Antique Manual Drill

In addition to my writing, I’ve been a creator of artisan jewelry for around 16 years. One of the staples that I use in my jewelry are handmade coiled beads. They are accents in earrings, form gently bended arms on bracelets or add a texture element to necklaces. The wire beads are simple to make once you have the proper tools and the technique down, but look complex. The trick is all in the steadiness of the tension you put in the wire as you make them. Ten years ago, I had purchased a device called a Coiling Gizmo. It is the basic tool that most other artisan jewelers use to make the beads. The tool is a U shaped form that you clamp to your bench with holes that will hold two iron rods, each bent on one end to form a handle crank. By turning the rod in the hole, you create the wire beads. One rod is thick and is similar in size to a 14 gauge wire. The other is thinner and conforms to a 18 gauge wire. Both rods created coils that were too large for my intended use. For a time, I stopped using the Coiling Gizmo and only used the coil beads in my larger creations.

I’m not one to admit to admit to defeat in my design ideas and set about creating my own coiling gizmo that would make coils and beads small enough to work in my intended creations. The first replacement needed were the rods. After chatting with other artists, ones that were more advanced than I in the art of coiling, I was told that a 0000 knitting needle was close to a 20 gauge wire and the G string of a guitar was just over the size of a 26 gauge wire. These were the sizes of wire I would rather work with. So I bought the knitting needles and the guitar string and added them to my studio tool box.

Next I needed a way to turn the needles and string so that I could create the coils. My first attempt was with a battery operated power drill. That did not go well. I was not able to control the speed enough to create smooth coils without gaps. I was at a loss as to how to fix this problem until I read of another artist that used a hand cranked manual drill. By using the manual drill, I would be able to go slow enough and to regulate the tension of the wire to create the smooth coils I craved. It was one of those eureka moments and I knew that this would be the solution. But where to find one???

I searched every hardware store in my area and only found power drills. I was told that no one used manual drill anymore because they were old-fashioned and out of date. I searched online, but again had no luck. Only power drills were for sale and the one or two manual drills I did see online were very expensive and had high shipping costs. I was not willing to pay the price.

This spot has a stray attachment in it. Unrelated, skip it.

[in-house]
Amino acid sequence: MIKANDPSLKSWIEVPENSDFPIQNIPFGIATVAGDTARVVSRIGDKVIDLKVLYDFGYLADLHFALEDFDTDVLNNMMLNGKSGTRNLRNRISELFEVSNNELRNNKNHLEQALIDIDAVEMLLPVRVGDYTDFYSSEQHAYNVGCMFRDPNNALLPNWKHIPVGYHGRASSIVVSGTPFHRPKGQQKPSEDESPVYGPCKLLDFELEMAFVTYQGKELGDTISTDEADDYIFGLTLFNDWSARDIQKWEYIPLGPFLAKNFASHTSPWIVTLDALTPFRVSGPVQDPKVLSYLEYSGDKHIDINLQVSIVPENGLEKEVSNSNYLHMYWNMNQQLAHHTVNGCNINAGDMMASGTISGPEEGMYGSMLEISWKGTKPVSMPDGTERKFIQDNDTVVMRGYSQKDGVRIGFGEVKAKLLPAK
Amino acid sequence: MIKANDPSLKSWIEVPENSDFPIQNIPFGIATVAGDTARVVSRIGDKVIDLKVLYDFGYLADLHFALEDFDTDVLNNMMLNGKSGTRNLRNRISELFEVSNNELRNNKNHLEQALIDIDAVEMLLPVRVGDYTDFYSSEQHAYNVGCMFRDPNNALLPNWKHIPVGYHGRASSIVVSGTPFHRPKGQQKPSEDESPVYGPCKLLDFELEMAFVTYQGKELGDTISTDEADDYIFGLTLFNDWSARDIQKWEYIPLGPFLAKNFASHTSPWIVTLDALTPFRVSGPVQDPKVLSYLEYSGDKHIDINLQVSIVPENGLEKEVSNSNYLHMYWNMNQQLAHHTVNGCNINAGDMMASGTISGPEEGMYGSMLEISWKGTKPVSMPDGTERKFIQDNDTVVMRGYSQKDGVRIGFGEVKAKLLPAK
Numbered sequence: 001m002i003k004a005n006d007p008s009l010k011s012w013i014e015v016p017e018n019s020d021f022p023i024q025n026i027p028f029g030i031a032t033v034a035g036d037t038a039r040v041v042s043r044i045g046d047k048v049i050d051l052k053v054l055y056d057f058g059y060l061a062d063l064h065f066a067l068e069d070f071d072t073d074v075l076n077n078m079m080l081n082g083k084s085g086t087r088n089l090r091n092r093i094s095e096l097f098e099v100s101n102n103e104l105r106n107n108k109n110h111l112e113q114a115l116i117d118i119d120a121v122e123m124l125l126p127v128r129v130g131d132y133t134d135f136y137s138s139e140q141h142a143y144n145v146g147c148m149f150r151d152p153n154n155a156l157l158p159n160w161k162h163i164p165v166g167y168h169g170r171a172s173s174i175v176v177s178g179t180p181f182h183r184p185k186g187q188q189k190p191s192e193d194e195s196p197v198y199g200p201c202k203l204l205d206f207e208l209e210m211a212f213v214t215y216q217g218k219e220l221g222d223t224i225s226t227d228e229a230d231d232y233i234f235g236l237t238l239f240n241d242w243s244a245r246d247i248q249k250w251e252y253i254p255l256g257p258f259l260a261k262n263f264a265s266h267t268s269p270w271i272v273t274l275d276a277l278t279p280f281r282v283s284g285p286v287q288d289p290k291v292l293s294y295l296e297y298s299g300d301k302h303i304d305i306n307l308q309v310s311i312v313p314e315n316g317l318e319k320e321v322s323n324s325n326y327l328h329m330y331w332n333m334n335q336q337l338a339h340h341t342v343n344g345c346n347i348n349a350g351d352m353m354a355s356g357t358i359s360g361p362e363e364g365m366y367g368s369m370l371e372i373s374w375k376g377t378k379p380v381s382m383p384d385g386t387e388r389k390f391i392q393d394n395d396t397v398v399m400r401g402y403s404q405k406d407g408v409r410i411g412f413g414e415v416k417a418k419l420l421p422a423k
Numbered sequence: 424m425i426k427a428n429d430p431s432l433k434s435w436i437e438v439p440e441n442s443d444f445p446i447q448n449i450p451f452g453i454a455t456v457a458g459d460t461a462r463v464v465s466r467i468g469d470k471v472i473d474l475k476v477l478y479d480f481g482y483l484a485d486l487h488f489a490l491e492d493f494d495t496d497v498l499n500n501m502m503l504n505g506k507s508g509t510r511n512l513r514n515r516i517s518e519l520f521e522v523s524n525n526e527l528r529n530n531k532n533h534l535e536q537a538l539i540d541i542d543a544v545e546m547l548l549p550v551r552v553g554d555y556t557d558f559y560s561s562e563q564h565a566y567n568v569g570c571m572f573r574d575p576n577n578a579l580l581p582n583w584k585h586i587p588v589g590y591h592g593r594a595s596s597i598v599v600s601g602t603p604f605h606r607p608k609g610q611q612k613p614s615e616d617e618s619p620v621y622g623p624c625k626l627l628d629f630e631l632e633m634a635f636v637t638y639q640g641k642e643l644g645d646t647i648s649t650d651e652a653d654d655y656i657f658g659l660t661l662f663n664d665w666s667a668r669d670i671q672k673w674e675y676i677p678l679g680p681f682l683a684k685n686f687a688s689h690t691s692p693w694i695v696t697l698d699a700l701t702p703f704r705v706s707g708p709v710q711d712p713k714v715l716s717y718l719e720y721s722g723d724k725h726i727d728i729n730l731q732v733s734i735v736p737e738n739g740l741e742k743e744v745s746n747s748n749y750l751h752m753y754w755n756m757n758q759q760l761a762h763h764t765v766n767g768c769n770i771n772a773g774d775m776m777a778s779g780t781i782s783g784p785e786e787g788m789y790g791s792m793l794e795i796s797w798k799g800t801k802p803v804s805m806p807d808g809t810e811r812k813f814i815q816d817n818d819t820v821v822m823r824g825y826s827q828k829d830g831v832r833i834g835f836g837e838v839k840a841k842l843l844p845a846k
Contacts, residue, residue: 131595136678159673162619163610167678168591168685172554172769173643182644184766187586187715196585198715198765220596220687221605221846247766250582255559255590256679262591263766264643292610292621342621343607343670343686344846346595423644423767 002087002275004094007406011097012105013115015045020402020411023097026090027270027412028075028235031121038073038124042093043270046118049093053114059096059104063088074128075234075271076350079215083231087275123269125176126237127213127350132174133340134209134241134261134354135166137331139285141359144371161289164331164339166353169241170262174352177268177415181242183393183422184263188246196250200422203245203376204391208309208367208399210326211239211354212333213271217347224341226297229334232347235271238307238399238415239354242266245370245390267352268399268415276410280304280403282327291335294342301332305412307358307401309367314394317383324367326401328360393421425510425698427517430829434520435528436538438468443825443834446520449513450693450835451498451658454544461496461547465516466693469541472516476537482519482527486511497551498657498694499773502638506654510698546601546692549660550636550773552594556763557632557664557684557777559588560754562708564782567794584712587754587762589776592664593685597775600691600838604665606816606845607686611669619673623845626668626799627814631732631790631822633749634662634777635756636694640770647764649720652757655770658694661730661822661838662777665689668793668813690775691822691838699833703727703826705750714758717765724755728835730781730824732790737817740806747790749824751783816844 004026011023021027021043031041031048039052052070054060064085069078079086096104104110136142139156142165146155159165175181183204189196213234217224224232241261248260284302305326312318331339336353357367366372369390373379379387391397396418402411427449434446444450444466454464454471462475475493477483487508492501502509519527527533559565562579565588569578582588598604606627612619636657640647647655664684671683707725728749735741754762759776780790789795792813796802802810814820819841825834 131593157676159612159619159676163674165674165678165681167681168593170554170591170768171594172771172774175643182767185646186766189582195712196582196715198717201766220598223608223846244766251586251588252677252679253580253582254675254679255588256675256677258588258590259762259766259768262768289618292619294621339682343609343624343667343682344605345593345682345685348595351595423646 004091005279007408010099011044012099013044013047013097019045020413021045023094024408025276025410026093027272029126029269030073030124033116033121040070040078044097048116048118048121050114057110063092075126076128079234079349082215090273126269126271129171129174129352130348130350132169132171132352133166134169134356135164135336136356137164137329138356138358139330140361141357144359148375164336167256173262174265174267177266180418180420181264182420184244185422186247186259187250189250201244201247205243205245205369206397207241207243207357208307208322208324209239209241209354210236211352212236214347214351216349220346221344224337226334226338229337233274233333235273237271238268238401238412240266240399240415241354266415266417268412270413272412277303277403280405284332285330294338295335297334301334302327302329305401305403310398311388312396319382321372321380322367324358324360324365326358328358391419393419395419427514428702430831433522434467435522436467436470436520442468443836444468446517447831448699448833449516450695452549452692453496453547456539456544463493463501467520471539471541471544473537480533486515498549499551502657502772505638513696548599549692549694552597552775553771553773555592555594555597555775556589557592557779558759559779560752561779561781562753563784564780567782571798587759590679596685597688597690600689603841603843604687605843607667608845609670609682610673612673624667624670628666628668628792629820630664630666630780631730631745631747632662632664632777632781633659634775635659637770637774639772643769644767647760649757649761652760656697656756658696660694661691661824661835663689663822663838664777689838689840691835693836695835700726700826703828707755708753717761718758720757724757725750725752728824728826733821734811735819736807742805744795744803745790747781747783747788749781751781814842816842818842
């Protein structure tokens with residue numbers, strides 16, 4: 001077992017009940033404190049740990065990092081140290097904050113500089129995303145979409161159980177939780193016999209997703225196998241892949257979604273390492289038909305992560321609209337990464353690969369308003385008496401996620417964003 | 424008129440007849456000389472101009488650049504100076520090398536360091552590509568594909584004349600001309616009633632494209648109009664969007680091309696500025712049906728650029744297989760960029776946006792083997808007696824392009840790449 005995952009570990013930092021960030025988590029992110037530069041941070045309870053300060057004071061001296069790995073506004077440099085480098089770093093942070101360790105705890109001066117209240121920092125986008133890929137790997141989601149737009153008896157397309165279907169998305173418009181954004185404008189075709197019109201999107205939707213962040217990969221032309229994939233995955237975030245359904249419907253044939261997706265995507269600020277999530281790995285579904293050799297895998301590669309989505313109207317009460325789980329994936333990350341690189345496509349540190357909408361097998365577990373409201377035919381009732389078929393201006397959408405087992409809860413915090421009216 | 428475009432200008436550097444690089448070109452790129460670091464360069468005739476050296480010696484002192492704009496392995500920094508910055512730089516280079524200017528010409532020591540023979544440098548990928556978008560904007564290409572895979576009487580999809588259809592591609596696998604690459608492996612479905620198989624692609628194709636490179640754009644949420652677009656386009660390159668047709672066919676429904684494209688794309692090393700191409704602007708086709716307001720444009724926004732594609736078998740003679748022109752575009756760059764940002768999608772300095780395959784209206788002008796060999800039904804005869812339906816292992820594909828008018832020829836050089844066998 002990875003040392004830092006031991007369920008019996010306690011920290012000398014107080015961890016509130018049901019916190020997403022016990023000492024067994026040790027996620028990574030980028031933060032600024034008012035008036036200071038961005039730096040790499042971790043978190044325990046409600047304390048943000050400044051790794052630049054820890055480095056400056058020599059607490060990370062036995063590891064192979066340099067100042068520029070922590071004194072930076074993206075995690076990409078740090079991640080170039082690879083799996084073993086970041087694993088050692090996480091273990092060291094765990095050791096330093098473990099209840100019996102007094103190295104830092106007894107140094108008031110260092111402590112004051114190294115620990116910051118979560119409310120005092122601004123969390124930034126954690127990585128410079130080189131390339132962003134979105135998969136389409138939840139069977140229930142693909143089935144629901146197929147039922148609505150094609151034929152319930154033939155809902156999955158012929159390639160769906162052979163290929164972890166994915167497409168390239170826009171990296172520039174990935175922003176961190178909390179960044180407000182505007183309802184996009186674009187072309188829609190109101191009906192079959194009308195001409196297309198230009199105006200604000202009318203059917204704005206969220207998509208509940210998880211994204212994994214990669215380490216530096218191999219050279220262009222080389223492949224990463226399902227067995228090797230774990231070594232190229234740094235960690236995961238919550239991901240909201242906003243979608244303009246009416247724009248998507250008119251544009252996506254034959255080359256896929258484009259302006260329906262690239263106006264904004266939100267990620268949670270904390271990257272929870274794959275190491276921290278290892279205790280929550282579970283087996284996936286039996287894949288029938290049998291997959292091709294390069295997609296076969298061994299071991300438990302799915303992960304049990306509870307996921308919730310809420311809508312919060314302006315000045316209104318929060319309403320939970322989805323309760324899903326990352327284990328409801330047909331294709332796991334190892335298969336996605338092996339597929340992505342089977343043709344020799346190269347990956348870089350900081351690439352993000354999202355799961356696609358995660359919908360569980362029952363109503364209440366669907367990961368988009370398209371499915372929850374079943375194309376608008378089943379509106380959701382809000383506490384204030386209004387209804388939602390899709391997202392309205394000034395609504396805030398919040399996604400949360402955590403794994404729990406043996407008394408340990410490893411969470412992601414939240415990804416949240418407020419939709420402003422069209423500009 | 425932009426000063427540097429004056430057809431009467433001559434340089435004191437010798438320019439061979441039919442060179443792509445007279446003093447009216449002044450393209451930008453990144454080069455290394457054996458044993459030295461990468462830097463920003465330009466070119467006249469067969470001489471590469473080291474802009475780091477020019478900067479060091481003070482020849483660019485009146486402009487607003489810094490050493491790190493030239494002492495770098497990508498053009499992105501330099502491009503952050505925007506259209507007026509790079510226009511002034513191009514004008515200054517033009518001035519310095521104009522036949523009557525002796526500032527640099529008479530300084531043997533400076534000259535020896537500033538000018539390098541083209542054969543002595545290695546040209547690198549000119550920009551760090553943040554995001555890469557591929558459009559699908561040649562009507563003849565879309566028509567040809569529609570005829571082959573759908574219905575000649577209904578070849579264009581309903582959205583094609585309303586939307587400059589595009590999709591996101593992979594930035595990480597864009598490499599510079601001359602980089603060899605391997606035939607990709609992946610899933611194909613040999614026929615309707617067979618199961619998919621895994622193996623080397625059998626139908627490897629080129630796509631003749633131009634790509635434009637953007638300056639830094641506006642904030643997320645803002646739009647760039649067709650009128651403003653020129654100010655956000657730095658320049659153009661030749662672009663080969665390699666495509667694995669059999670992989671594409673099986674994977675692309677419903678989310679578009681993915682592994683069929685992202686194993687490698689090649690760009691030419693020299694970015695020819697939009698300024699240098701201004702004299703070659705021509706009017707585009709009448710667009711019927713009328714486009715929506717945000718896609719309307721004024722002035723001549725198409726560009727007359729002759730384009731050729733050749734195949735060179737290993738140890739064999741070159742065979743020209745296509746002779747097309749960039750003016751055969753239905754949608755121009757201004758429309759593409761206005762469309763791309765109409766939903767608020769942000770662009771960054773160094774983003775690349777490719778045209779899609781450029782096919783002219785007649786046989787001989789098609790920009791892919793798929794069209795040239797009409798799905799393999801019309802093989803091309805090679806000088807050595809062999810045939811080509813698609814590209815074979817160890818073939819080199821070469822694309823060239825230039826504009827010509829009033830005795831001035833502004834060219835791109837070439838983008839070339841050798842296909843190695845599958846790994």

Months after I had started my fruitless search, I was selling my jewelry at a Harvest Festival located at the Antique Gas & Steam Engine Museum. It is a place full of various models of steam powered machines that ran cotton gins, tractors and other antique farm equipment. During the festival, the children are given rides around the grounds on 100 year old tractors. Demonstrations on how life on the frontier are given for the children’s education and amusement. Handmade crafts and jewelry are one of the attractions of the Harvest Festival and the reason I was there. Two booths down from mine was a husband and wife team that sold antique tools. Their shop stocked old wooden boxes, files, saws and low and behold, antique manual drills! He had two of the little treasures for sale, each for $10. I bought one that had clean moving gears and operated smoothly. It is a POWR-Kraft drill from Montgomery Ward that was made starting in the 1930s through the 1950s. It is a tool that was manufactured in the United States and is solid steel with a wooden handle. It will out live me due to its rugged construction.

After the venue was over, I returned to my studio and was able to have complete control over the coiling of my wire. The egg beater style handle of the drill was easy to use and the collate held my knitting needles securely. After that it was easy. My new bracelets and earrings were a huge hit. Other artists had trouble figuring out how I made my beads so small and I was given much kudos for them. Now I make the beads twice a year and use them regularly in my jewelry.

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